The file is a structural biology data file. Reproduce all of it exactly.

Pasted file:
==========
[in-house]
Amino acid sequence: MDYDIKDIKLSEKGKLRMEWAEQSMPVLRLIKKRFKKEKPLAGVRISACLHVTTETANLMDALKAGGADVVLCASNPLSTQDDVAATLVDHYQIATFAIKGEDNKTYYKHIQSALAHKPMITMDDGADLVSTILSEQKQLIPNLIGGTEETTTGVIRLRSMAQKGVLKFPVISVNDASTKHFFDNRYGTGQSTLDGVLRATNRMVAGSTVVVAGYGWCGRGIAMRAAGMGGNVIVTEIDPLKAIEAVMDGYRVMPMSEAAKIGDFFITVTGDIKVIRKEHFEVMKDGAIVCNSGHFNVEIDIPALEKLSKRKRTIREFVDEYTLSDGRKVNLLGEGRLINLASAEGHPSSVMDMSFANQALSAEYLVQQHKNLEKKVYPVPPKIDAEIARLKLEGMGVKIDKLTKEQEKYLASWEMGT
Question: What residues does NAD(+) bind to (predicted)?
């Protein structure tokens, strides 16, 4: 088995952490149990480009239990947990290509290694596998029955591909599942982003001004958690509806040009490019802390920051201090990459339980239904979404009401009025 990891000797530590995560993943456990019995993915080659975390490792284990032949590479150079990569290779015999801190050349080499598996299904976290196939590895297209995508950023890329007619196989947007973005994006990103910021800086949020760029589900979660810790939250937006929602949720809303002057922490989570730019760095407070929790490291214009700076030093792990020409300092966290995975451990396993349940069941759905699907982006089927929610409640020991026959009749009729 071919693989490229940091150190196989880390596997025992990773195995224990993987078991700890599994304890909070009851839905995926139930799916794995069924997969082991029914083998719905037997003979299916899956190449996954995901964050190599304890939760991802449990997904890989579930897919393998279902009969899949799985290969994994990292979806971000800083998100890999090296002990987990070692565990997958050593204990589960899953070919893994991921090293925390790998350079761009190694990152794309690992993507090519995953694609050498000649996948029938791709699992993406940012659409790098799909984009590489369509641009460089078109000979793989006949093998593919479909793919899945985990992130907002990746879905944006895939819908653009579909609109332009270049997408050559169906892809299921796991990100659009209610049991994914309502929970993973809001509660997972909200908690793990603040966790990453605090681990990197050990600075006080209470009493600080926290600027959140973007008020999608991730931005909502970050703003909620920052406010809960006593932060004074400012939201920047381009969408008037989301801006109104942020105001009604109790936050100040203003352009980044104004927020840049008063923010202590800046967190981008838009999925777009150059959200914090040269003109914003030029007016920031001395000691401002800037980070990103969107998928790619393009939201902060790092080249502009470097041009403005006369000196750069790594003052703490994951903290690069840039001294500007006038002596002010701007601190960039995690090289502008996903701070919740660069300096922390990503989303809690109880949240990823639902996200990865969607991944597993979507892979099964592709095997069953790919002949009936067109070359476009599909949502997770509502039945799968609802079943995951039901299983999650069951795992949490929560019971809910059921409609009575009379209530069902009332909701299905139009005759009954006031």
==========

[in-house]
Amino acid sequence: MDYDIKDIKLSEKGKLRMEWAEQSMPVLRLIKKRFKKEKPLAGVRISACLHVTTETANLMDALKAGGADVVLCASNPLSTQDDVAATLVDHYQIATFAIKGEDNKTYYKHIQSALAHKPMITMDDGADLVSTILSEQKQLIPNLIGGTEETTTGVIRLRSMAQKGVLKFPVISVNDASTKHFFDNRYGTGQSTLDGVLRATNRMVAGSTVVVAGYGWCGRGIAMRAAGMGGNVIVTEIDPLKAIEAVMDGYRVMPMSEAAKIGDFFITVTGDIKVIRKEHFEVMKDGAIVCNSGHFNVEIDIPALEKLSKRKRTIREFVDEYTLSDGRKVNLLGEGRLINLASAEGHPSSVMDMSFANQALSAEYLVQQHKNLEKKVYPVPPKIDAEIARLKLEGMGVKIDKLTKEQEKYLASWEMGT
Question: What residues does NAD(+) bind to (predicted)?
């Protein structure tokens, strides 16, 4: 088995952490149990480009239990947990290509290694596998029955591909599942982003001004958690509806040009490019802390920051201090990459339980239904979404009401009025 990891000797530590995560993943456990019995993915080659975390490792284990032949590479150079990569290779015999801190050349080499598996299904976290196939590895297209995508950023890329007619196989947007973005994006990103910021800086949020760029589900979660810790939250937006929602949720809303002057922490989570730019760095407070929790490291214009700076030093792990020409300092966290995975451990396993349940069941759905699907982006089927929610409640020991026959009749009729 071919693989490229940091150190196989880390596997025992990773195995224990993987078991700890599994304890909070009851839905995926139930799916794995069924997969082991029914083998719905037997003979299916899956190449996954995901964050190599304890939760991802449990997904890989579930897919393998279902009969899949799985290969994994990292979806971000800083998100890999090296002990987990070692565990997958050593204990589960899953070919893994991921090293925390790998350079761009190694990152794309690992993507090519995953694609050498000649996948029938791709699992993406940012659409790098799909984009590489369509641009460089078109000979793989006949093998593919479909793919899945985990992130907002990746879905944006895939819908653009579909609109332009270049997408050559169906892809299921796991990100659009209610049991994914309502929970993973809001509660997972909200908690793990603040966790990453605090681990990197050990600075006080209470009493600080926290600027959140973007008020999608991730931005909502970050703003909620920052406010809960006593932060004074400012939201920047381009969408008037989301801006109104942020105001009604109790936050100040203003352009980044104004927020840049008063923010202590800046967190981008838009999925777009150059959200914090040269003109914003030029007016920031001395000691401002800037980070990103969107998928790619393009939201902060790092080249502009470097041009403005006369000196750069790594003052703490994951903290690069840039001294500007006038002596002010701007601190960039995690090289502008996903701070919740660069300096922390990503989303809690109880949240990823639902996200990865969607991944597993979507892979099964592709095997069953790919002949009936067109070359476009599909949502997770509502039945799968609802079943995951039901299983999650069951795992949490929560019971809910059921409609009575009379209530069902009332909701299905139009005759009954006031």